My favourite artist has done it again and outdid himself! He has created even more hyper realistic detailed work – how does he make it so detailed, out of only jeans? When I first discovered Ian Berry over ten years ago, he was still sometimes looking at the history of denim, with such pictures of James Dean, with the James Dean Museum in the late actors home town, Fairmount, Indiana, or Marlon Brando. He would even do portraits for the likes of Giorgio Armani or Lapo Elkann, but then went on to use it as only his material and not about jeans. Now he has done one of another Italian, and visited history and hundreds of years back, with the man known as one of the country’s favourite men. Ever. Giuseppe Garibaldi.
Known now in England by the namesake biscuit, but in his day he was a star not only in Italy, but across the world. The ‘Hero of the Two Worlds’ and the Father of the Fatherland in Italy, the General, Politician and Nationalist helped to unify Italy. His achievements were undoubted, however it was his look that also contributed to his fame and adoring crowds flocked to see him. In a look known as the ‘Communication Style’ he knew how to play the media, in ways modern celebrities could only dream of. From his travels in South America and fighting Guerrilla Wars, he brought back the Red Shirts and Ponchos however of interest here, if can you believe, well before Levi Strauss, he did it wearing blue jeans.
That would be enough to immortalise the great man in the iconic Denim Artists trademark look, but even more special it’s in the city that gave our favourite garment its name. Garibaldi was an inhabitant of Genoa, the Ligurian city famed for its port and this great city’s maritime links led to a melting pot to help weave together what would become to be known as blue jeans. Importing fabrics in from Nim in France (Denim) and indigo in from India, the mix would become the look of sailors as well as the Ligurian sea captain who dressed in trousers made of the tough blue cloth named “blu de Gene”, blue of Genoa, thus once in English, blue jeans.
While we all wear jeans today and may not find it surprising, it was another 100 years before Levi Strauss got a patent for adding a rivet with Jacob Davis to indigo dyed work overalls and helped create what we now know as jeans, with the style and material forming differences, but the name, remained. Now Genoa, or, Genova in Italian, has set a project to make the world know about this, Genova Jeans is now a Festival and Ian Berry is an important part of that. What better combination – the world’s leading artist in denim with the historic city?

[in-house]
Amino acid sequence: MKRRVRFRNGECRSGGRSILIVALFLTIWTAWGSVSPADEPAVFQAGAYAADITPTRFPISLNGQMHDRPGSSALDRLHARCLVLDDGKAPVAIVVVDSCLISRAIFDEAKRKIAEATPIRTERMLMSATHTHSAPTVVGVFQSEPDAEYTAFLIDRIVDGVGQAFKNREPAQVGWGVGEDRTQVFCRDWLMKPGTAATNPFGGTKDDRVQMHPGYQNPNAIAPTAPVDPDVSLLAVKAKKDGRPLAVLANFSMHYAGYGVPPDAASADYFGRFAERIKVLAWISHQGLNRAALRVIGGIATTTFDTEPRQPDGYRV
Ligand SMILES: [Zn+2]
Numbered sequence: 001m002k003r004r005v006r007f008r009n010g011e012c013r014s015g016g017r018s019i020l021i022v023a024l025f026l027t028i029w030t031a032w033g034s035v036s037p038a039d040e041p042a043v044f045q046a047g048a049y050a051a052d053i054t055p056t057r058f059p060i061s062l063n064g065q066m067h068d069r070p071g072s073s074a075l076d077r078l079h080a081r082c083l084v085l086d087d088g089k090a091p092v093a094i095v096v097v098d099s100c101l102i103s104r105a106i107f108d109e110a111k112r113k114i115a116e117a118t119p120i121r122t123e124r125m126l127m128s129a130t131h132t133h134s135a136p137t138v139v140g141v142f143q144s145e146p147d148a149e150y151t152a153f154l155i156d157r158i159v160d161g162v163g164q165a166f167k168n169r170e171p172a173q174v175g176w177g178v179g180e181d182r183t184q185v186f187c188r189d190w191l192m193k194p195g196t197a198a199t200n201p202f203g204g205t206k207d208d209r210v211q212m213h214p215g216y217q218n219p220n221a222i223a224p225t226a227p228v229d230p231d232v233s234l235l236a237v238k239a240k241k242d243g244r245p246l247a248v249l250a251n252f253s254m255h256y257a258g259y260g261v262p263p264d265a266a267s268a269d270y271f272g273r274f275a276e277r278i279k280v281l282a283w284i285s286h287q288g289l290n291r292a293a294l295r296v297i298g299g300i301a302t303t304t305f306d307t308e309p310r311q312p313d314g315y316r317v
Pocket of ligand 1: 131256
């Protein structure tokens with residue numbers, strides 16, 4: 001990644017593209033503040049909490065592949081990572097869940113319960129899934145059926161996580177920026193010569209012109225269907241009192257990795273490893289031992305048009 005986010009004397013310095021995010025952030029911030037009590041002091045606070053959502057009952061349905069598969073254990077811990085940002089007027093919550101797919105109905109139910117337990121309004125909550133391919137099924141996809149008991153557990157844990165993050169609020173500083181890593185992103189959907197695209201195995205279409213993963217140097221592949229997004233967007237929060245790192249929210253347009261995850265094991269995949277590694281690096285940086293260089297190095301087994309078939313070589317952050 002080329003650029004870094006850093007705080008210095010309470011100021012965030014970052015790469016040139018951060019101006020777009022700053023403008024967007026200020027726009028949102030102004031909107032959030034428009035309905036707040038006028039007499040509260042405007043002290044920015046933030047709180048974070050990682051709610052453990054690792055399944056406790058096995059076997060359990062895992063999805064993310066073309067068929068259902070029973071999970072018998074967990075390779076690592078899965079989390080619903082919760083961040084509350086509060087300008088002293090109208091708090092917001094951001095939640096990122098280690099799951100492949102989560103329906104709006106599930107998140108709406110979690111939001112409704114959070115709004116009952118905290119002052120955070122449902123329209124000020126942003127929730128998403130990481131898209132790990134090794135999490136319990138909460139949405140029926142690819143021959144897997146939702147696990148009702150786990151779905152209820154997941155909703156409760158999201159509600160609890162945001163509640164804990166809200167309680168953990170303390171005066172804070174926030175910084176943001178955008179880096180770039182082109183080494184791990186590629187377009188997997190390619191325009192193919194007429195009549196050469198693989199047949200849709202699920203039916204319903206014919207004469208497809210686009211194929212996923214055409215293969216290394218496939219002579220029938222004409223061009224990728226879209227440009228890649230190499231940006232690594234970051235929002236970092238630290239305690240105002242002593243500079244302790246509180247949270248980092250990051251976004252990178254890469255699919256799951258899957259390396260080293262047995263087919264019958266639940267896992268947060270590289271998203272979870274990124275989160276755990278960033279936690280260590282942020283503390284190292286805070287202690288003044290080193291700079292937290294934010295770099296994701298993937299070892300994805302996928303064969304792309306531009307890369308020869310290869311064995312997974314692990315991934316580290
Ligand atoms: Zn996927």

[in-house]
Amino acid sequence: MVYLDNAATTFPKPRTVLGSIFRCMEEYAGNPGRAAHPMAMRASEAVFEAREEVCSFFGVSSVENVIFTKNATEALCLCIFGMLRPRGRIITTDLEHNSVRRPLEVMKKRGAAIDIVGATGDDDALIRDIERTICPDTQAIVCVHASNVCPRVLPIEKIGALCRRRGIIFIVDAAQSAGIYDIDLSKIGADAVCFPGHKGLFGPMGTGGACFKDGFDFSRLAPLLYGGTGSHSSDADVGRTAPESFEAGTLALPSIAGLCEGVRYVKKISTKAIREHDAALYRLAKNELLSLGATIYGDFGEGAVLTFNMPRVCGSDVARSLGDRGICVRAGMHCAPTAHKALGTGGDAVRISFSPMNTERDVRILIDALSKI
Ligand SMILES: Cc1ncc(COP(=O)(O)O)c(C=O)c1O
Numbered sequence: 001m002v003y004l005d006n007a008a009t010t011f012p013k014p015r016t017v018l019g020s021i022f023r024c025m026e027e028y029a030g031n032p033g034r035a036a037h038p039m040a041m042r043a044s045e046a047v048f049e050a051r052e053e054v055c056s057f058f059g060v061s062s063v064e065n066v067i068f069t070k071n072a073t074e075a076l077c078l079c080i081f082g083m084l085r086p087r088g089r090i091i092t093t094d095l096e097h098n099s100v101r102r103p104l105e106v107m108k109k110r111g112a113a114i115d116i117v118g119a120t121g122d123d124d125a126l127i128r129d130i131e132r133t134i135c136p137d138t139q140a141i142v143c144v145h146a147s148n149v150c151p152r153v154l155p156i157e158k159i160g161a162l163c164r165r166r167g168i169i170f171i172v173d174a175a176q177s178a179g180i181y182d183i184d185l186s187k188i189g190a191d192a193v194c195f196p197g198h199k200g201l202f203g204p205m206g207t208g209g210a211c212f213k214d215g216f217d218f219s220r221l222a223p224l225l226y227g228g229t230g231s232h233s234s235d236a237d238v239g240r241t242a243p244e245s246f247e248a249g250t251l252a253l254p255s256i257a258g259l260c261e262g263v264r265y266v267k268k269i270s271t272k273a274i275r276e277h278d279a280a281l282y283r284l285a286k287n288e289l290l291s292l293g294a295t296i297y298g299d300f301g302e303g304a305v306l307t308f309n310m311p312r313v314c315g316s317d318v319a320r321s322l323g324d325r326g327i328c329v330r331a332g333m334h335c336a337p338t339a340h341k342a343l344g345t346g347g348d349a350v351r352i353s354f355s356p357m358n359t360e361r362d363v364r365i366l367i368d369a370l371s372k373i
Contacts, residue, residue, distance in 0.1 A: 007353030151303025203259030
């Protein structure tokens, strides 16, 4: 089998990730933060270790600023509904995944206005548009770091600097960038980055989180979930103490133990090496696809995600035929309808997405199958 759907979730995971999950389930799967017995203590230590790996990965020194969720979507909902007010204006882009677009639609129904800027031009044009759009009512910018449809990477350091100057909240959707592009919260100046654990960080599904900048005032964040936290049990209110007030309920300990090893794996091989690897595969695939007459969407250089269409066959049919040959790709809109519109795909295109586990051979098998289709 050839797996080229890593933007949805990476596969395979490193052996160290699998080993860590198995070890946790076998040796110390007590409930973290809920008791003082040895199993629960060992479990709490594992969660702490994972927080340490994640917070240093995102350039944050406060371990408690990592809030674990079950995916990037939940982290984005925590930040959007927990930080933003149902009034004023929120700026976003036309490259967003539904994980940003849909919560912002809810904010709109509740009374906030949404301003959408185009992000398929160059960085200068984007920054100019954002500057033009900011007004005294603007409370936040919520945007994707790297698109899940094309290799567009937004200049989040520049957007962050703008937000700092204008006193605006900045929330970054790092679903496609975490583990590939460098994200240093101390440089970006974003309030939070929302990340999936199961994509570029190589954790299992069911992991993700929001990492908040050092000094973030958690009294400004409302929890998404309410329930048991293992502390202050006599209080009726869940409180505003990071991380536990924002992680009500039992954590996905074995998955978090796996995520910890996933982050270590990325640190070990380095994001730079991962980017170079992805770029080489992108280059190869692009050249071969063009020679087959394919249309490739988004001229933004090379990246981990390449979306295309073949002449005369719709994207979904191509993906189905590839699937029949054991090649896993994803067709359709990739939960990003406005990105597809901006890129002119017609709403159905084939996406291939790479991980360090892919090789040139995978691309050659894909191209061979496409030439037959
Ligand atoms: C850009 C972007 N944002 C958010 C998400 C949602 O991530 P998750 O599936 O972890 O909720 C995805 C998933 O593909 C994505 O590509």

The piece hung in the Museo del Risorgimento in Genoa alongside important artifacts and paintings of Garibaldi in a selected collection featuring stories and garments connected to the jeans story of the icon. It caused a great emotion to visitors who saw the work of Ian Berry, some for the first time in real life.
Readers in Sweden will note he will soon be showing at Textil Museet, the national Textile Museum of Sweden Oct 23 2021 to May 1 2022. When I first wrote about Ian Berry he was living and working in the Nordic country. Now the East London based artist will return to the country having made a name for himself around the world.
Back to Genoa and the piece was launched during Genova Jeans, other highlights included the recreation of the first pair of jeans, recreated by Diesel as well as a beautifully displayed show of their archives including Renzo Rosso’s first ever garment. Italian Denim Mill Candiani showed an immersive walking installation showing how they are pushing sustainable technologies and there was a jeans street where shops decorated their windows with jeans. Lectures and panels discussed not only the past, but the future and with the support of Eco Age pushed for making the city a centre for sustainability and the future.
I asked how Ian found being in the Genoese city.
‘Walking around you feel the history everywhere. But not so many know, outside denim people, that Genoa is the city that lent its name to our favourite clothes. It was a privilege to see many artifacts and to learn so much more by experts and historians. A highlight was seeing the Passion Canvases and is a must see to anyone in the city. I was lucky enough to have a private audience with the curator and it was emotional.
‘It’s been great to get to know Garibaldi more and its interesting how he wore the material that would be come to be a symbol of freedom by America.’
You can check out some photos from the festival below, and you can read more at Ian’s website by clicking here. Isn’t this denim portrait incredible? Ian’s talent knows no bounds!